If other family members had pancreatic cancer, what are the chances you will get it too? Are they any higher than the 1 in 65 lifetime risk that everyone faces? Is there a test to tell?
Familial pancreatic cancer is a thing—between 5 to 10 percent of cases can be pinned to a hereditary condition. Others have an unidentified source but occur in families with a strong history of the disease. There are tests to tell, but they are not one-size-fits-all.
Scientists have been able to trace pancreatic cancer to mutations in a variety of genes that may predispose patients to the disease. These include genes linked to disorders that can lead to cancer, such as Lynch syndrome (MLH1, MSH2, MSH6, PMS2, and EPCAM), Peutz-Jeghers syndrome (STK11), Hereditary Breast and Ovarian Cancer syndrome (BRCA1 and BRCA2), and Familial Adenomatous Polyposis, or FAP (APC).
Because of the range of mutations, genetic testing to assess pancreatic cancer risk has been equally wide in scope. Before the advent of multiple gene “panels,” testing had to be focused on one gene at a time. It is now possible to test several genes at once, but targeted testing is still important in order to get the most accurate and informative results. Efforts are currently underway at New York University’s Pancreatic Cancer Center to create a simple blood test and a tablet-based electronic survey to assess potential risk. (To learn more about this effort read “Pancreatic Cancer and Family History.”)
In the meantime, it’s best to seek out a genetic counselor or doctor who is knowledgeable about genetic testing. They will start with a detailed family history, to determine things like the types of cancers, the age at which they occurred, whether they appeared in many generations, or more than once in each individual. Familial pancreatic cancer is defined as having at least two first-degree relatives diagnosed with pancreatic cancer.
Armed with your familial health history, genetic counselors can then recommend certain tests based on their extensive knowledge of known genetic links. These tests are ideally started on a family member who has had a cancer diagnosis.
There are many labs that offer testing, but not of the over-the-counter consumer variety. Doctors or genetic counselors can order the test most applicable to your specific genetic risks, from labs they trust.
The tests themselves are straightforward—usually a simple blood draw or saliva swab—but the results may not be. For instance, there are “variants of uncertain significance” (VUS), meaning scientists aren’t entirely sure what it means based on the information at hand. Megan Frone, M.S., CGC, a genetic counselor at the National Cancer Institute’s Division of Cancer Epidemiology and Genetics, says VUSs, as they are called, are not uncommon.
“As we gather more information about a particular VUS over time, many (but not all) end up being reclassified to benign variants. But the uncertainty can be frustrating for patients and clinicians alike,” she explains. If the test comes back negative, that’s not necessarily the end of the story either. Some tests don’t find an underlying cause of a hereditary cancer, but the family history still suggests one. “There could still be residual risks that should be taken into account when considering future health decisions,” Frone notes.
Those at elevated risk could be good candidates for screening. Screening options for pancreatic cancer include: endoscopic ultrasound, in which a thin, flexible tube is passed through the mouth into the first part of the small intestine near the pancreas to capture an image and biopsy if needed; and magnetic resonance cholangiopancreatography (MRCP), which works similarly to a standard MRI scan to take images of the pancreas.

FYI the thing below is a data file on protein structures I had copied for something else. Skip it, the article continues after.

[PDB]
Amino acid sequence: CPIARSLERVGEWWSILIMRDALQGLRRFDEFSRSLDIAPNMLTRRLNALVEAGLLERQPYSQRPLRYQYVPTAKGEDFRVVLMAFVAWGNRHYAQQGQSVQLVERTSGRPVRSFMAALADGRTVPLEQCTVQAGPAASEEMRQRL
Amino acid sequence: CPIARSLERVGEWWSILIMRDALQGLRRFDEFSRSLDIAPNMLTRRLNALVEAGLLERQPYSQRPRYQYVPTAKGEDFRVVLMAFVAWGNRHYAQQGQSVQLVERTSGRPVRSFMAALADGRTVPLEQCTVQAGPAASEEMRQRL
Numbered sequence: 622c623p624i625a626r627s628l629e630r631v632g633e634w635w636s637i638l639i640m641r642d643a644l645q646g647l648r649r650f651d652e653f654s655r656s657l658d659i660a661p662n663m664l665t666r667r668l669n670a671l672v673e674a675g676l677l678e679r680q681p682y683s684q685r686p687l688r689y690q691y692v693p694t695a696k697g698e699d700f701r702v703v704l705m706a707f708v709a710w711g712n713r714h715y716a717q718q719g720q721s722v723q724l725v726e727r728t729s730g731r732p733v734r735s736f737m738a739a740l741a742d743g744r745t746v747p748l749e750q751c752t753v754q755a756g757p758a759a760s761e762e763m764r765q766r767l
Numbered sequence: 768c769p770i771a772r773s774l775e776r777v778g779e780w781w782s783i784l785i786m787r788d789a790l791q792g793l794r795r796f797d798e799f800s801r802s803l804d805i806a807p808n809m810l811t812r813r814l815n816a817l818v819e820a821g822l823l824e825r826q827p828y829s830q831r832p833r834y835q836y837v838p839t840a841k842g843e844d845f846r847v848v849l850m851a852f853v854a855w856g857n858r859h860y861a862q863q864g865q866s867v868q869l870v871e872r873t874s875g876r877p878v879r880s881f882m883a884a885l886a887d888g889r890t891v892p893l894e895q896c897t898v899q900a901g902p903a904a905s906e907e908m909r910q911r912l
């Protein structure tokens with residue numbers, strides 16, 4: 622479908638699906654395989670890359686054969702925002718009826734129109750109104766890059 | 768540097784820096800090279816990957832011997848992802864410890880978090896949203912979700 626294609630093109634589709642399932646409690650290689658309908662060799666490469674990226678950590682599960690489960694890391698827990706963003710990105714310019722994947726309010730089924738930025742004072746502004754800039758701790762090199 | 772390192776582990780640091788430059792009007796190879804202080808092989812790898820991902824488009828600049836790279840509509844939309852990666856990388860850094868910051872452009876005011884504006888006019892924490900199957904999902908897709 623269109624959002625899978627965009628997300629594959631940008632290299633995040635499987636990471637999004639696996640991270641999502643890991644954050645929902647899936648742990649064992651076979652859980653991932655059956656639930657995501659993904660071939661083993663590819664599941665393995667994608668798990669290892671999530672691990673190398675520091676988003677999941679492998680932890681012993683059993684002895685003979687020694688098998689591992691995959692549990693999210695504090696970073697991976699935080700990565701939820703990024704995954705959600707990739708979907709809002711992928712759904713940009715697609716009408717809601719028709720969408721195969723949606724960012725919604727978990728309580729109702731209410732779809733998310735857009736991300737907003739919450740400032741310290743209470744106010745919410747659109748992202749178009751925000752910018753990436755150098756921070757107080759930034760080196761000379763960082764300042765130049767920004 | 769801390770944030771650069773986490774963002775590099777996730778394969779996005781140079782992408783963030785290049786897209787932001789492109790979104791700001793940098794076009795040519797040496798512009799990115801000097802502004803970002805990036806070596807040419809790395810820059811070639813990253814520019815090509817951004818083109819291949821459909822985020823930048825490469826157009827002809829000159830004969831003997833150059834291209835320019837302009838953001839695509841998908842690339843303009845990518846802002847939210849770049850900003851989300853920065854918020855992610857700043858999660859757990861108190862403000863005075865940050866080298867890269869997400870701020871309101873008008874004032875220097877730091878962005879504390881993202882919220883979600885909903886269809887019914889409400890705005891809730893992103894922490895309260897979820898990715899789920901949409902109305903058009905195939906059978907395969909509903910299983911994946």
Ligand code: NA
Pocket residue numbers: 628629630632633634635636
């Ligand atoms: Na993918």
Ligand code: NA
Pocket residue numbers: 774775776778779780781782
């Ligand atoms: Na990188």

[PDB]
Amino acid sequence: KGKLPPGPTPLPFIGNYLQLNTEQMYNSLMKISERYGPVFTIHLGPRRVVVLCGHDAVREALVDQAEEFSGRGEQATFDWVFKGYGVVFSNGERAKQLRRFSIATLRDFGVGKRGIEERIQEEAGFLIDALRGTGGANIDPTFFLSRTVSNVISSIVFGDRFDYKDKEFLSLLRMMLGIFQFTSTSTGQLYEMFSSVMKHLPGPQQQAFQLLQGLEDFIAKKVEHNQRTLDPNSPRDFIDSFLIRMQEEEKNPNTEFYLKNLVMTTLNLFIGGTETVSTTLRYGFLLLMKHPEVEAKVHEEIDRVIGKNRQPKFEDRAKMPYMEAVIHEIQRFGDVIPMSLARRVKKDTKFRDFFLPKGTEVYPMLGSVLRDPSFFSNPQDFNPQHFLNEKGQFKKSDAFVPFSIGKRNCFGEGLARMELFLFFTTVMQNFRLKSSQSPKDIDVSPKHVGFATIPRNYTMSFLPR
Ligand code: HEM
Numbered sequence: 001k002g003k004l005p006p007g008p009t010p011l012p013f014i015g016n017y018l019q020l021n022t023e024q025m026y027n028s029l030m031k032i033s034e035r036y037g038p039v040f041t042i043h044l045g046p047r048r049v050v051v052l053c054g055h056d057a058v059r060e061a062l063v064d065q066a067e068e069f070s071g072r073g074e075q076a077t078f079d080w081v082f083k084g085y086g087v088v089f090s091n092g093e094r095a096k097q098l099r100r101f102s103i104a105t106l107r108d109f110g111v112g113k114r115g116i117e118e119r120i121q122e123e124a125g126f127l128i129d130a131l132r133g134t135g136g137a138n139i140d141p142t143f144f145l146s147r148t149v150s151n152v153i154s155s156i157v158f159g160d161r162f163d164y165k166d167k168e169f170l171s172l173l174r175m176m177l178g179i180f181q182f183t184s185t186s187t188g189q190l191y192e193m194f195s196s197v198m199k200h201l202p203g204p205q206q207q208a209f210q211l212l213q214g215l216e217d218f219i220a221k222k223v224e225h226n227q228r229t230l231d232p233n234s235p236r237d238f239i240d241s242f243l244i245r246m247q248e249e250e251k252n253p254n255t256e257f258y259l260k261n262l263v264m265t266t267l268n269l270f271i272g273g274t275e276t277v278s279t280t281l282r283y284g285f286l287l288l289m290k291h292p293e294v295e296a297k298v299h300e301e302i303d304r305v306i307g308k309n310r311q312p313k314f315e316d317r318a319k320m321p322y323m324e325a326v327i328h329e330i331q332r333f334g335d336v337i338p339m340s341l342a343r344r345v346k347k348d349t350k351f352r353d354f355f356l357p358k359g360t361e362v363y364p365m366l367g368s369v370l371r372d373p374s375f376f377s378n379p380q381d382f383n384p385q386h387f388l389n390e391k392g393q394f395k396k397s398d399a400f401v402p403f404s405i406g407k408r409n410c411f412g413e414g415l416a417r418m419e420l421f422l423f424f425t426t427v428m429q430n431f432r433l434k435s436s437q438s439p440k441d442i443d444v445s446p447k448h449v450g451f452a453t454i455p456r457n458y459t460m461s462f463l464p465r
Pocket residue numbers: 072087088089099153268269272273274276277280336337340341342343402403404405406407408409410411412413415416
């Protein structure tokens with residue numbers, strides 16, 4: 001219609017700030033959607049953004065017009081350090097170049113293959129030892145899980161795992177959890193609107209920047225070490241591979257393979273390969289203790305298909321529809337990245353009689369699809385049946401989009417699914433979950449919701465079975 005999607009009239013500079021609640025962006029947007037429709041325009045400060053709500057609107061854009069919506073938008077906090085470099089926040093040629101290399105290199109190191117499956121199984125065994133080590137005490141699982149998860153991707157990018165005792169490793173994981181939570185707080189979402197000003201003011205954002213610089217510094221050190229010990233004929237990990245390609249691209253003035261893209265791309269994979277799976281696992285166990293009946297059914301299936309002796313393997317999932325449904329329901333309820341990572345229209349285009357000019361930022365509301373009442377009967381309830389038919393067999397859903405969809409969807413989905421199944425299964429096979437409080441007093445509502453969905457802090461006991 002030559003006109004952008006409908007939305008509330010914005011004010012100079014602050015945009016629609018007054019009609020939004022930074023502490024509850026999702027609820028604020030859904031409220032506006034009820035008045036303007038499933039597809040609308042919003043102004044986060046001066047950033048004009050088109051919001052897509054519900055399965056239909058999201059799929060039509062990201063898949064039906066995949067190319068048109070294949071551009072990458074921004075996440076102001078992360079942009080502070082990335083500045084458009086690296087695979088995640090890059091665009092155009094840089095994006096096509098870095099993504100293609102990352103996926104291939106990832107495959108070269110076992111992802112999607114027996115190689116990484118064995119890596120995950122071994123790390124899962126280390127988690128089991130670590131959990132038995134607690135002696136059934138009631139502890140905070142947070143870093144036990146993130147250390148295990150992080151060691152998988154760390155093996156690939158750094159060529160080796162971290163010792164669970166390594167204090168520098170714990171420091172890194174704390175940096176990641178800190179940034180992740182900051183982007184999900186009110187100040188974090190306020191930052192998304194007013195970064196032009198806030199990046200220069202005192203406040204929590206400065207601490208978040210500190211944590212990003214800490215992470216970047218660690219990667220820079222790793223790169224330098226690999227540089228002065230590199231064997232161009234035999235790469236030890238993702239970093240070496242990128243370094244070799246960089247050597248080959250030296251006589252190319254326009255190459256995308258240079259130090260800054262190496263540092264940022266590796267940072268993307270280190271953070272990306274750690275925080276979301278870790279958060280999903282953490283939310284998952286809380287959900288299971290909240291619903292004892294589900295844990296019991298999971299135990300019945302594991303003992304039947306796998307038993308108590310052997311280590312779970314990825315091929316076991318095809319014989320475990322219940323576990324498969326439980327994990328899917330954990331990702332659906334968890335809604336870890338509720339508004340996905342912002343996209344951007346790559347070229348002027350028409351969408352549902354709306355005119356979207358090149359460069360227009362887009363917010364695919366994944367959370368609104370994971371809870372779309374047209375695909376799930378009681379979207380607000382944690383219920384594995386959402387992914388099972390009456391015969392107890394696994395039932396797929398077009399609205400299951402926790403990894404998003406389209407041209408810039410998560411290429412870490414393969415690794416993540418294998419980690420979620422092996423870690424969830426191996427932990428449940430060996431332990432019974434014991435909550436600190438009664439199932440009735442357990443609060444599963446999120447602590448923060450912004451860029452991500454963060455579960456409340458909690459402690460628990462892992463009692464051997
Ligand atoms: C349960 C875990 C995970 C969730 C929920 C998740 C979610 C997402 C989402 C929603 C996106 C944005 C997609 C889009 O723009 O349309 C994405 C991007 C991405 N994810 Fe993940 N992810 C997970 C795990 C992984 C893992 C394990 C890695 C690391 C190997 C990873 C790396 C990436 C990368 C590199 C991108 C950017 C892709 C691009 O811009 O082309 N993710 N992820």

These tests are aimed at detecting precancerous or early cancerous changes in the pancreas, in hopes of diagnosing the cancer at an early, more treatable stage. Those found to have mutations in specific cancer predisposition genes linked to other cancers may also want to undergo additional screening for those cancers.
And all should consider lifestyle changes, such as maintaining a healthy weight and getting enough physical activity. Smoking has also been linked with pancreatic cancer, often at an earlier age.
Look Before You Leap
Frone, who has coached hundreds of adult and pediatric cancer patients and their families through the genetic testing process, says she likes to prime patients in advance. “These tests have huge implications for patients and their families. Really thinking through what it will mean for them and their loved ones is so important, and it’s something I like to address both before and after the test is taken,” Frone states.
Some of the questions Frone encourages potential test-takers to consider:
- What will you do with this information?
- What will the results mean for you? For your family members?
- Do you have any concerns—such as potential for insurance discrimination—that you would like to address before you undergo genetic testing?
It’s also important to remember that cancer is a common disease—nearly one in two men and more than one in three women in the US will develop cancer during their lifetime—so it’s no surprise that many families have at least a few members who have had it. It may be because they share certain behaviors or exposures that increase cancer risk, such as smoking or obesity. Even in cancer that is inherited, what is inherited is the non-functioning gene that can increase the risks for certain cancers, and not the cancer itself.
Because of the complexity of genetic testing and its implications, Frone strongly recommends that anyone considering it consult either a genetic counselor or clinician with expertise in the process. The National Society of Genetic Counselors has a list of providers on their site who can provide services both in person and remotely.